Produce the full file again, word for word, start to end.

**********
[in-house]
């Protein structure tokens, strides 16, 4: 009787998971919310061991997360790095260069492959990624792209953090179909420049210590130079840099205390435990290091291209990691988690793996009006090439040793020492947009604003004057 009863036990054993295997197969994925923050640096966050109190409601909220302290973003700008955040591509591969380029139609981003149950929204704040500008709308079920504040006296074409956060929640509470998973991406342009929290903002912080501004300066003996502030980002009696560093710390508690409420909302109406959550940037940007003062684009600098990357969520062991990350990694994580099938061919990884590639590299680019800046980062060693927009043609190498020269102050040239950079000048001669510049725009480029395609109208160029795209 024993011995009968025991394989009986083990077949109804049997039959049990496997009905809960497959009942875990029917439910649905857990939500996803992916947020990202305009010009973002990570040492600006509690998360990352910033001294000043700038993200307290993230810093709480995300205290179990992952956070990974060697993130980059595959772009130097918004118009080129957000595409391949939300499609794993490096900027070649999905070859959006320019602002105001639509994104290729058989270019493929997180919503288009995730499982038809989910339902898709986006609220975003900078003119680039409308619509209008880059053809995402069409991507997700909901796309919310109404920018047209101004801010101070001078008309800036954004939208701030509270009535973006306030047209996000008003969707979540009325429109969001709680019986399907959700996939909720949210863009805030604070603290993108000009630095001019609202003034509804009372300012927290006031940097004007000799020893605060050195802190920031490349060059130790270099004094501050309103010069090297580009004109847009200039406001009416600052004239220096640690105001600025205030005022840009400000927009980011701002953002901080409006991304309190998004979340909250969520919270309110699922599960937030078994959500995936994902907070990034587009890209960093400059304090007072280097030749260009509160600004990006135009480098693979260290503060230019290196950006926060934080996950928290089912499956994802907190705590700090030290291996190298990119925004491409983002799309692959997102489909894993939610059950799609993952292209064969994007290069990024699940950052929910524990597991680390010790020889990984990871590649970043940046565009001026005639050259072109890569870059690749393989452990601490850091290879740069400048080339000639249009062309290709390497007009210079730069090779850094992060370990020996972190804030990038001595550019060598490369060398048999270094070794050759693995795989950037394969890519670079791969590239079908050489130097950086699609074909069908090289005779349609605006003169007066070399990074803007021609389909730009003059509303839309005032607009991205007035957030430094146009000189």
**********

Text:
[in-house]
């Protein structure tokens, strides 16, 4: 009787998971919310061991997360790095260069492959990624792209953090179909420049210590130079840099205390435990290091291209990691988690793996009006090439040793020492947009604003004057 009863036990054993295997197969994925923050640096966050109190409601909220302290973003700008955040591509591969380029139609981003149950929204704040500008709308079920504040006296074409956060929640509470998973991406342009929290903002912080501004300066003996502030980002009696560093710390508690409420909302109406959550940037940007003062684009600098990357969520062991990350990694994580099938061919990884590639590299680019800046980062060693927009043609190498020269102050040239950079000048001669510049725009480029395609109208160029795209 024993011995009968025991394989009986083990077949109804049997039959049990496997009905809960497959009942875990029917439910649905857990939500996803992916947020990202305009010009973002990570040492600006509690998360990352910033001294000043700038993200307290993230810093709480995300205290179990992952956070990974060697993130980059595959772009130097918004118009080129957000595409391949939300499609794993490096900027070649999905070859959006320019602002105001639509994104290729058989270019493929997180919503288009995730499982038809989910339902898709986006609220975003900078003119680039409308619509209008880059053809995402069409991507997700909901796309919310109404920018047209101004801010101070001078008309800036954004939208701030509270009535973006306030047209996000008003969707979540009325429109969001709680019986399907959700996939909720949210863009805030604070603290993108000009630095001019609202003034509804009372300012927290006031940097004007000799020893605060050195802190920031490349060059130790270099004094501050309103010069090297580009004109847009200039406001009416600052004239220096640690105001600025205030005022840009400000927009980011701002953002901080409006991304309190998004979340909250969520919270309110699922599960937030078994959500995936994902907070990034587009890209960093400059304090007072280097030749260009509160600004990006135009480098693979260290503060230019290196950006926060934080996950928290089912499956994802907190705590700090030290291996190298990119925004491409983002799309692959997102489909894993939610059950799609993952292209064969994007290069990024699940950052929910524990597991680390010790020889990984990871590649970043940046565009001026005639050259072109890569870059690749393989452990601490850091290879740069400048080339000639249009062309290709390497007009210079730069090779850094992060370990020996972190804030990038001595550019060598490369060398048999270094070794050759693995795989950037394969890519670079791969590239079908050489130097950086699609074909069908090289005779349609605006003169007066070399990074803007021609389909730009003059509303839309005032607009991205007035957030430094146009000189």